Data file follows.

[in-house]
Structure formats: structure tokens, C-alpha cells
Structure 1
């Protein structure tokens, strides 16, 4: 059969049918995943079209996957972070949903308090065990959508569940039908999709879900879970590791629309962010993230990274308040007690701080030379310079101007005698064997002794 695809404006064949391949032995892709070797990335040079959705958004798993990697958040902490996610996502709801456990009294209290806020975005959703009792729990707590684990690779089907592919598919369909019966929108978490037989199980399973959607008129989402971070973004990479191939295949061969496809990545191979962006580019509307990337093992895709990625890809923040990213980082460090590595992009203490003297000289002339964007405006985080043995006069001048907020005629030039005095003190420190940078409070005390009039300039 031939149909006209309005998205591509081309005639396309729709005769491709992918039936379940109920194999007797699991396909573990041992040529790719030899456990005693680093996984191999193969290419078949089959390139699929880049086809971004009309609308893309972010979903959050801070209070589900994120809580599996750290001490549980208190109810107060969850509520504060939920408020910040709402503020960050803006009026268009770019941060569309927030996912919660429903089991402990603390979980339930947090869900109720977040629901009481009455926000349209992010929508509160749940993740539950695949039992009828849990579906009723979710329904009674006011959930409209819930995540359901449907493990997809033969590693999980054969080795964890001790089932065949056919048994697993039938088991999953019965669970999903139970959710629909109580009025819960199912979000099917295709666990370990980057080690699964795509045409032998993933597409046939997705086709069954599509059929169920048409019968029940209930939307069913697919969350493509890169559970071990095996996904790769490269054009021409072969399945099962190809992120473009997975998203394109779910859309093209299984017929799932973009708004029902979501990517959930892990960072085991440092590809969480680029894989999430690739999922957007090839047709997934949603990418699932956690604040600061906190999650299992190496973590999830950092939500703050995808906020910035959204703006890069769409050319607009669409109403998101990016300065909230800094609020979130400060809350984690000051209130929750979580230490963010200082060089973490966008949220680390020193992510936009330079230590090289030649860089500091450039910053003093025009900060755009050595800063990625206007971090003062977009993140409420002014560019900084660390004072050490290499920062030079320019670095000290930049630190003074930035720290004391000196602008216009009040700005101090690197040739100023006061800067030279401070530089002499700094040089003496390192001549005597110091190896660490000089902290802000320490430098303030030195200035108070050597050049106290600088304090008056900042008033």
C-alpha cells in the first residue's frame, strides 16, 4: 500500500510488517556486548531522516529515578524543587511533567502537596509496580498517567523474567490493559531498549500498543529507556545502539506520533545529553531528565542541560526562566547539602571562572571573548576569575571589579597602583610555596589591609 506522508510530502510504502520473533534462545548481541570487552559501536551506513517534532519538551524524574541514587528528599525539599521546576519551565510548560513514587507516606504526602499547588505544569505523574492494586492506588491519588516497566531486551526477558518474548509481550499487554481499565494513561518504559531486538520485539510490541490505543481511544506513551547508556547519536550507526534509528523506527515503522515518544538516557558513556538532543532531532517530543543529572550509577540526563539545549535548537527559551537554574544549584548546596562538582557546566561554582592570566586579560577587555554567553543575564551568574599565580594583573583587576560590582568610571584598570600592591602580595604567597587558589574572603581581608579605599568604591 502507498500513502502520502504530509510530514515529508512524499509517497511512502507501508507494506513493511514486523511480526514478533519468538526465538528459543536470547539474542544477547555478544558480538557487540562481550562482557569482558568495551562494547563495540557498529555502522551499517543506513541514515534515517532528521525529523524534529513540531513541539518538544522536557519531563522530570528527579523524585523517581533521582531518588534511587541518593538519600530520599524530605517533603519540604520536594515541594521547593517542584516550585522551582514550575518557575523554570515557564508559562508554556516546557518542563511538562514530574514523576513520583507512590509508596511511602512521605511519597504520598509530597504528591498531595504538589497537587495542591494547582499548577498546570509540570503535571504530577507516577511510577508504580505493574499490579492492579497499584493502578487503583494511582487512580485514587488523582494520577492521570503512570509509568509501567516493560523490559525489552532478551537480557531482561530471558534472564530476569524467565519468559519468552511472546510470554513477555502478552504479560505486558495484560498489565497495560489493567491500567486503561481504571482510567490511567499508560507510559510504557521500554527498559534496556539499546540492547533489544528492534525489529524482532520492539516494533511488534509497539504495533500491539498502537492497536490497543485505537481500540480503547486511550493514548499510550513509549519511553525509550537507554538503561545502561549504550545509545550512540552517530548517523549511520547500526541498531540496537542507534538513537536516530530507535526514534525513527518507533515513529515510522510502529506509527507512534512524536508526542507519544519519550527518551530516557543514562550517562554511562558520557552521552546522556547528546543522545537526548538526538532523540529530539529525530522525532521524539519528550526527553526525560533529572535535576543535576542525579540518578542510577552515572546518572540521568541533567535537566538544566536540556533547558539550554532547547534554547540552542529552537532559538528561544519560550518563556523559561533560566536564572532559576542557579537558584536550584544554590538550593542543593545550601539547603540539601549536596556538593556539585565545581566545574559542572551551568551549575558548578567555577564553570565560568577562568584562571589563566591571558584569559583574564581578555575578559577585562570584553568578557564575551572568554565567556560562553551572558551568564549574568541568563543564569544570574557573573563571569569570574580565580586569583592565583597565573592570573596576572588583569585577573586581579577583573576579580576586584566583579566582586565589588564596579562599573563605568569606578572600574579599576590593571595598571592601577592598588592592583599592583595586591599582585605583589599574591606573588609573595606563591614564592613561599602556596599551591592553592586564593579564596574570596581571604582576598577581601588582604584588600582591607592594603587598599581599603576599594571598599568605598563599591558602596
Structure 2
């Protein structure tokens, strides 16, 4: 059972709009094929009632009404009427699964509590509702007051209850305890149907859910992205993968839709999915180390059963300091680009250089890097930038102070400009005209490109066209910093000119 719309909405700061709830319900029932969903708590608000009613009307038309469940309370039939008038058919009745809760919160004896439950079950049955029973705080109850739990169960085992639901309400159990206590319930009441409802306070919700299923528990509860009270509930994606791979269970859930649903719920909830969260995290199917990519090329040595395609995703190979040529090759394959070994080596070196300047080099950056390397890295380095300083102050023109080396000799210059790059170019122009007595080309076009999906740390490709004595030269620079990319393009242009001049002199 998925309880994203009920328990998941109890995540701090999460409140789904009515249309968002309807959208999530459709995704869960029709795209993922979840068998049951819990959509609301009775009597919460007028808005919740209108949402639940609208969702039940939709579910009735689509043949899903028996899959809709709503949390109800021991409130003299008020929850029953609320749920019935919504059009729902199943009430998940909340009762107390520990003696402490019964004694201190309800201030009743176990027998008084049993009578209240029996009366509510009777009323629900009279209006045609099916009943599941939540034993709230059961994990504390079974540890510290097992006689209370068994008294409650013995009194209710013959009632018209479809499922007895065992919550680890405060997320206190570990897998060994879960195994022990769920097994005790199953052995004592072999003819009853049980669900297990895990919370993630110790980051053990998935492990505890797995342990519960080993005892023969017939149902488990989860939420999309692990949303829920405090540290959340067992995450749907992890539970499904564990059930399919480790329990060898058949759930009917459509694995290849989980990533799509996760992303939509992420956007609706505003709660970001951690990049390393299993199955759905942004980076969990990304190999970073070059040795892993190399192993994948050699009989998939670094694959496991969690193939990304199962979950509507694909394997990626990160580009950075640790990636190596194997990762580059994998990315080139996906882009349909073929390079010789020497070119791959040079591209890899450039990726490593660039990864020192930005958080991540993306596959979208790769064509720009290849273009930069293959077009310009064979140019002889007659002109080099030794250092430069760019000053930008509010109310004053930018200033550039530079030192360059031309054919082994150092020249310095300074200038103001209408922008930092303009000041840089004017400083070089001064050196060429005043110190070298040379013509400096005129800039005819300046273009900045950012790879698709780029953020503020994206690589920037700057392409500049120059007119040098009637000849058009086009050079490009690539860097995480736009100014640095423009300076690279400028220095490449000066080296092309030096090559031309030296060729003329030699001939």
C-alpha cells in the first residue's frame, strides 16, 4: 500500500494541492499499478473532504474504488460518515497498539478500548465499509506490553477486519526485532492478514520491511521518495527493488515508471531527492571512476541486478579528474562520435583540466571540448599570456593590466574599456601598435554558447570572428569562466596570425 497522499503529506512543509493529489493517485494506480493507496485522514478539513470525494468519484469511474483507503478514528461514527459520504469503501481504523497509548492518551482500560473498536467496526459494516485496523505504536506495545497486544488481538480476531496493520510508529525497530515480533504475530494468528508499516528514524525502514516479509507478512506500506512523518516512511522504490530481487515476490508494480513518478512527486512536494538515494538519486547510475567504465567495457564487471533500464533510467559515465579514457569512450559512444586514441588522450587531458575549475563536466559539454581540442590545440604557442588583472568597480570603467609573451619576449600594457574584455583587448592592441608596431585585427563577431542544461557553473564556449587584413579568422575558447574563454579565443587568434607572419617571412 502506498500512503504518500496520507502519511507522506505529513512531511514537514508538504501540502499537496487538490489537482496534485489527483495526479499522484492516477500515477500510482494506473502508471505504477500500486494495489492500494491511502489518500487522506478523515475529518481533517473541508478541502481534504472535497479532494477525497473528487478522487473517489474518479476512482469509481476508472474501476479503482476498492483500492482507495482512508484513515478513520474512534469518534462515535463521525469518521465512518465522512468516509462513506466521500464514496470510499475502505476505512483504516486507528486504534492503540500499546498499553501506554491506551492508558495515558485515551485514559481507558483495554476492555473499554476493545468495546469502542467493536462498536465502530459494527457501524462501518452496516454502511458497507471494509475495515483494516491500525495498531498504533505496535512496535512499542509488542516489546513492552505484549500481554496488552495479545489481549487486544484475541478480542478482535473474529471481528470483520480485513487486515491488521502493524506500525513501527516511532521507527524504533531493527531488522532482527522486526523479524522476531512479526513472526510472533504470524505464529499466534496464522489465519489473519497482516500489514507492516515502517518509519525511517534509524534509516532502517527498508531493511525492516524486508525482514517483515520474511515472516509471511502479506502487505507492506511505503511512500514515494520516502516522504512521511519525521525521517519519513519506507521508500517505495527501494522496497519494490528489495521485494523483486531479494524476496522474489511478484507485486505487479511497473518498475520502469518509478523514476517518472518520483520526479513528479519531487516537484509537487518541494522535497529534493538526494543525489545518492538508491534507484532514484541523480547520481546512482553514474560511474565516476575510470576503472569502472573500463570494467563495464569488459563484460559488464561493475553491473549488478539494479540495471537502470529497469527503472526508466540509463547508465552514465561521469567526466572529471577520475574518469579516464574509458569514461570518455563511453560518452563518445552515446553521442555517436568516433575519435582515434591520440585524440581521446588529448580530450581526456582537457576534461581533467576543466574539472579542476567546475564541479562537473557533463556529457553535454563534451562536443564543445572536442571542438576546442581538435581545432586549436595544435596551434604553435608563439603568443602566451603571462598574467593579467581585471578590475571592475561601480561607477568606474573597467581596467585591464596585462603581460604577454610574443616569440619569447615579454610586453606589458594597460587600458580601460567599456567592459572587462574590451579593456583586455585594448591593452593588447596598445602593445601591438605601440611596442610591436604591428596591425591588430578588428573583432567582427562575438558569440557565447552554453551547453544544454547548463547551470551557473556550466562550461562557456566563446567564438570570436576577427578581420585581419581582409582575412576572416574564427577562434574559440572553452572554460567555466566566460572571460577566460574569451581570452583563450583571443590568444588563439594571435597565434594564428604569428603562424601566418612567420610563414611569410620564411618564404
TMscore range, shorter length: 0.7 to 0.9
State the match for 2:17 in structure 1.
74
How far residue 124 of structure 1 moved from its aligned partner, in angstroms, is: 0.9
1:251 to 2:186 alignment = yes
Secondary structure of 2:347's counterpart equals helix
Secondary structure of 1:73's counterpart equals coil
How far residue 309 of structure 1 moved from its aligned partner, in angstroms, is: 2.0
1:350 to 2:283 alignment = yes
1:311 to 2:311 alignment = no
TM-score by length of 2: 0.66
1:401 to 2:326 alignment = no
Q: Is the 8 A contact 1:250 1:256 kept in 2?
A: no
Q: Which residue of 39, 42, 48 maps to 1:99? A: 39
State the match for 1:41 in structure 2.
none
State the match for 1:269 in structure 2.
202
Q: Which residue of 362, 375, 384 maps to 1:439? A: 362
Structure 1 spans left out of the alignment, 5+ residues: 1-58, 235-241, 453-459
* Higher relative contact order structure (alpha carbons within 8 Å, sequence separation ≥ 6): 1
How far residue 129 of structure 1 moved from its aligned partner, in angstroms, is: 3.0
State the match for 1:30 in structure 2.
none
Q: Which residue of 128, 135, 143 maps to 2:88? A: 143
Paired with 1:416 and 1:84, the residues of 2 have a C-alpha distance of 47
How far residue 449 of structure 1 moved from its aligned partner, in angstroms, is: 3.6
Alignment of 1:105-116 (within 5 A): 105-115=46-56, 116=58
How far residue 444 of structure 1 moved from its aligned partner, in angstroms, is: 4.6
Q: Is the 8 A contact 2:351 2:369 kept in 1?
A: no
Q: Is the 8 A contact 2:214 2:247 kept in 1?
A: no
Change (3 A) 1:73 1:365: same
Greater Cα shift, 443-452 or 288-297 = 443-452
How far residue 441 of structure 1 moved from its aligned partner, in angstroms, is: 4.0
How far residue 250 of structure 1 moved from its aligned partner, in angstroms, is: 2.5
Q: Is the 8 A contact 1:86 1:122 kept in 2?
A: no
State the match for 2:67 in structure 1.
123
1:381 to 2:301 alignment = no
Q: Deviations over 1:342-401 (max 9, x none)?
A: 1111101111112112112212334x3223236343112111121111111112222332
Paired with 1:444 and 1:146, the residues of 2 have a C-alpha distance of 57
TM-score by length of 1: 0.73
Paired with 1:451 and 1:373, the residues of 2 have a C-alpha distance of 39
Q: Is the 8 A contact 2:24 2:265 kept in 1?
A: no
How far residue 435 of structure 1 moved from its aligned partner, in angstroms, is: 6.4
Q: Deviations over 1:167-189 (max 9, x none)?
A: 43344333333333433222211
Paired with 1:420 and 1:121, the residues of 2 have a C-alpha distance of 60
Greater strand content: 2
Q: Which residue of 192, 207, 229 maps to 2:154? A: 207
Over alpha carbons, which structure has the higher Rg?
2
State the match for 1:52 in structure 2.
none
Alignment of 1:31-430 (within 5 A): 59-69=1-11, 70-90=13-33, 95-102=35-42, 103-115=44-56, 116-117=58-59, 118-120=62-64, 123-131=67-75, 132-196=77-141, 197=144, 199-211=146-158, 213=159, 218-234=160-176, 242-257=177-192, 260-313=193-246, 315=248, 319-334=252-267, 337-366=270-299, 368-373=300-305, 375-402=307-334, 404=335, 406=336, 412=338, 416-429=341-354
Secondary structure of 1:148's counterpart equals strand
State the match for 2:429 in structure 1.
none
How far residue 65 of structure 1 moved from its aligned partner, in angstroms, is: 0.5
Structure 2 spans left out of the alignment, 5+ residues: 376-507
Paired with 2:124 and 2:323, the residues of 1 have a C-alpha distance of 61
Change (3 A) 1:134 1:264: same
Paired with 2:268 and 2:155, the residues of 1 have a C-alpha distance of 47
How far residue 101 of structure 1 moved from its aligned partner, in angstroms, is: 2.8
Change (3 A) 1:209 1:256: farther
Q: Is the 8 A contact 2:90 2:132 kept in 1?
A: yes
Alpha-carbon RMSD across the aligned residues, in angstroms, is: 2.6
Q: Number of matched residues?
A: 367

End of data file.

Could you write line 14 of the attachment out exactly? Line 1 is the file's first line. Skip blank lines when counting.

Secondary structure of 2:347's counterpart equals helix